A key component of the team’s qubit platform is a chip-scale microwave resonator made of a superconductor. (A larger household microwave oven is also a microwave resonator.) Superconductors — metals without electrical resistance — allow electrons and photons to interact together near[{” attribute=””>absolute zero with minimal loss of energy or information.

“The microwave resonator crucially provides a way to read out the state of the qubit,” said Kater Murch, physics professor at the Washington University in St. Louis and a senior co-author of the paper. “It concentrates the interaction between the qubit and microwave signal. This allows us to make measurements telling how well the qubit works.”

“With this platform, we achieved, for the first time ever, strong coupling between a single electron in a near-vacuum environment and a single microwave photon in the resonator,” said Xianjing Zhou, a postdoctoral appointee at Argonne and the first author of the paper. “This opens up the possibility to use microwave photons to control each electron qubit and link many of them in a quantum processor,” Zhou added.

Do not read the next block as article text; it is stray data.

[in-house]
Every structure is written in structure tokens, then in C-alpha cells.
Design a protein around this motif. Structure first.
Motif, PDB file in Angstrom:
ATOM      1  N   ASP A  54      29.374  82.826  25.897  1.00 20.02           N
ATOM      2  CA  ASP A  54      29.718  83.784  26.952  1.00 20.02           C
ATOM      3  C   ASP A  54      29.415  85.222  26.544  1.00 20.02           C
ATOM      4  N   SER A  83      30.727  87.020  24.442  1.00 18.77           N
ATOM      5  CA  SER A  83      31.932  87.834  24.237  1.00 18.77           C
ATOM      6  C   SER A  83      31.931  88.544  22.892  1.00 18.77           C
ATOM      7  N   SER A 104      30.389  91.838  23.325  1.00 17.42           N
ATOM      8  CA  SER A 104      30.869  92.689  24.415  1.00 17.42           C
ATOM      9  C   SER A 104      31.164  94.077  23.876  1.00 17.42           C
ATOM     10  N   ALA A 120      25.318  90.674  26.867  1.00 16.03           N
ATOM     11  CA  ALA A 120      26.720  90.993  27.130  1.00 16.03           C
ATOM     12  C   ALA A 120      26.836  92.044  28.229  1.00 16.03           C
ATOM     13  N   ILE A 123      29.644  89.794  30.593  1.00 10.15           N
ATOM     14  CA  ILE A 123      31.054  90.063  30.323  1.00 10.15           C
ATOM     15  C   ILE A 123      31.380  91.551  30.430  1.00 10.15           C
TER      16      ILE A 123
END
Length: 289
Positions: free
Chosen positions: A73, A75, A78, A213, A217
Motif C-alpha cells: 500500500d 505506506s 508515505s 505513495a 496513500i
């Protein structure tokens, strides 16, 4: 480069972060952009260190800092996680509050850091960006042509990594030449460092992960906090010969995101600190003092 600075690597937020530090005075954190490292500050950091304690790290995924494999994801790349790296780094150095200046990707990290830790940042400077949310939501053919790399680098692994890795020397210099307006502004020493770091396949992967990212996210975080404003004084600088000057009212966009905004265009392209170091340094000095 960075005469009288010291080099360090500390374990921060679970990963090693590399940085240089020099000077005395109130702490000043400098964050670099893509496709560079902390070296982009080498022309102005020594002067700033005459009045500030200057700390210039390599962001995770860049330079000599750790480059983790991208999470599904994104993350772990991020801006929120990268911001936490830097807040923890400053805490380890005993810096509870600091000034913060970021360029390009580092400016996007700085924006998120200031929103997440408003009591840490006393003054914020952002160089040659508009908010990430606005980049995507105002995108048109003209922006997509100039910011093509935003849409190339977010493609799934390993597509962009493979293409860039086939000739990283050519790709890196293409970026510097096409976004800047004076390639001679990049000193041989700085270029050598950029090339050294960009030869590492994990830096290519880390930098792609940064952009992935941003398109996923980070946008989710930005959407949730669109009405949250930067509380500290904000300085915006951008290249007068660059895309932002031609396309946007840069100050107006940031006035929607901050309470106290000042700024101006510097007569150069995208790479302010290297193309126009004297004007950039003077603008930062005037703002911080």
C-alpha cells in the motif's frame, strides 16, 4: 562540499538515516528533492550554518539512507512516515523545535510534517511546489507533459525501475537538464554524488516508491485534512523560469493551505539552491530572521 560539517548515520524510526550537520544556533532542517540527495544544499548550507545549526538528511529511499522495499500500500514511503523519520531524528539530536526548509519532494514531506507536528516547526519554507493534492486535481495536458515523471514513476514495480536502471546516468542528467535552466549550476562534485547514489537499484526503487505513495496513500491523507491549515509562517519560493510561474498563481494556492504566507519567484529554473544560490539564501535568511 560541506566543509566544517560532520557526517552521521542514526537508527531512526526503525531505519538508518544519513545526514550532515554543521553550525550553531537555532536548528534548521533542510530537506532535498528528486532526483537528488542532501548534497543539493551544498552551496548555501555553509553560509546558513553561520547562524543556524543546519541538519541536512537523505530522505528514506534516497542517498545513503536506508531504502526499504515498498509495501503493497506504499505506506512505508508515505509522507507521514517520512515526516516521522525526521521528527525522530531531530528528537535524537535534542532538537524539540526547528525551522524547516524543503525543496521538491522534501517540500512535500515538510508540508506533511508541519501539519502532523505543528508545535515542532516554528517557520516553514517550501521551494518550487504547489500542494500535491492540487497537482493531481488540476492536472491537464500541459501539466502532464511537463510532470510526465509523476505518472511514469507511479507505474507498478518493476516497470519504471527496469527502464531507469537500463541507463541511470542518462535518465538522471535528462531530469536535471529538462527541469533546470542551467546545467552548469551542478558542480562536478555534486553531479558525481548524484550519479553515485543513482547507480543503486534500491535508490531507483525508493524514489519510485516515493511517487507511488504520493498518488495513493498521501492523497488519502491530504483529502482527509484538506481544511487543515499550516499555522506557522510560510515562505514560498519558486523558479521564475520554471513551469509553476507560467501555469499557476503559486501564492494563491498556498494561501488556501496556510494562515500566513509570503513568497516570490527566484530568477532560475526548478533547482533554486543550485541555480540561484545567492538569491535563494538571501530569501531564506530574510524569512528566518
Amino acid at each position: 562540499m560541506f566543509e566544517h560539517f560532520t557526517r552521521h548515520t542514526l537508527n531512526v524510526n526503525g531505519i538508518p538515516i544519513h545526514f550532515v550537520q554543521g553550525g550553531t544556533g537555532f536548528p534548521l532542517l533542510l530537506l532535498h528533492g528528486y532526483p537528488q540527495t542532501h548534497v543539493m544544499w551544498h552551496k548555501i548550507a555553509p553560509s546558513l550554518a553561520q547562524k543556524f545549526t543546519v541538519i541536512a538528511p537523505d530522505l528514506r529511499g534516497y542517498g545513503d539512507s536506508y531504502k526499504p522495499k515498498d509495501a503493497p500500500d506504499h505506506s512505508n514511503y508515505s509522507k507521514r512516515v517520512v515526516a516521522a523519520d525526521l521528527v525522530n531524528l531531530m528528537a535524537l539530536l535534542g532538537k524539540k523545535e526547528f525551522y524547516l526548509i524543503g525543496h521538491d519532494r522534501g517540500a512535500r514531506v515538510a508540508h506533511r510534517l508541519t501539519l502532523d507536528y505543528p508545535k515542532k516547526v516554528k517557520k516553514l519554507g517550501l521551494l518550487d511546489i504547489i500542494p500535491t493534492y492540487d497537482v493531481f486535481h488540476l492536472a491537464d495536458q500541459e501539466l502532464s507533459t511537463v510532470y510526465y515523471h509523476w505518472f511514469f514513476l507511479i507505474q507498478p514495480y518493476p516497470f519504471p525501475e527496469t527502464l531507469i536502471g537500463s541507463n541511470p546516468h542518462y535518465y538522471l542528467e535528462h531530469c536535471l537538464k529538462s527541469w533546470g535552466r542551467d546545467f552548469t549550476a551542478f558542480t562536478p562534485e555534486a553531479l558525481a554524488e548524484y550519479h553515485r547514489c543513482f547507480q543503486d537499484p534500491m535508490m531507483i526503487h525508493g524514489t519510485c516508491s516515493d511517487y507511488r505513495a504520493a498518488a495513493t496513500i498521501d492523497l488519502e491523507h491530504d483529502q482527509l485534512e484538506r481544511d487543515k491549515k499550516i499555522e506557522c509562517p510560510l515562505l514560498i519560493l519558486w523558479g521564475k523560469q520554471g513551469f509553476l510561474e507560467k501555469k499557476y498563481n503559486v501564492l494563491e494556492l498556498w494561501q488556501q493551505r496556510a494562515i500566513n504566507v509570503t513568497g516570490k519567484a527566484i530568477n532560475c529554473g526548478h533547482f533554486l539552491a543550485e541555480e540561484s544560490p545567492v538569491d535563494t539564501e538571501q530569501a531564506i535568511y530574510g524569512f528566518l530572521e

“Our qubits are actually as good as ones that people have been developing for 20 years.” — David Schuster, physics professor at the University of Chicago and a senior co-author of the paper

The team tested the platform in a scientific instrument called a dilution refrigerator, which can reach temperatures as low as a mere 10 millidegrees above absolute zero. This instrument is one of many quantum capabilities in Argonne’s Center for Nanoscale Materials, a DOE Office of Science user facility.

The team performed real-time operations to an electron qubit and characterized its quantum properties. These tests demonstrated that the solid neon provides a robust environment for the electron with very low electric noise to disturb it. Most importantly, the qubit attained coherence times in the quantum state competitive with state-of-the-art qubits.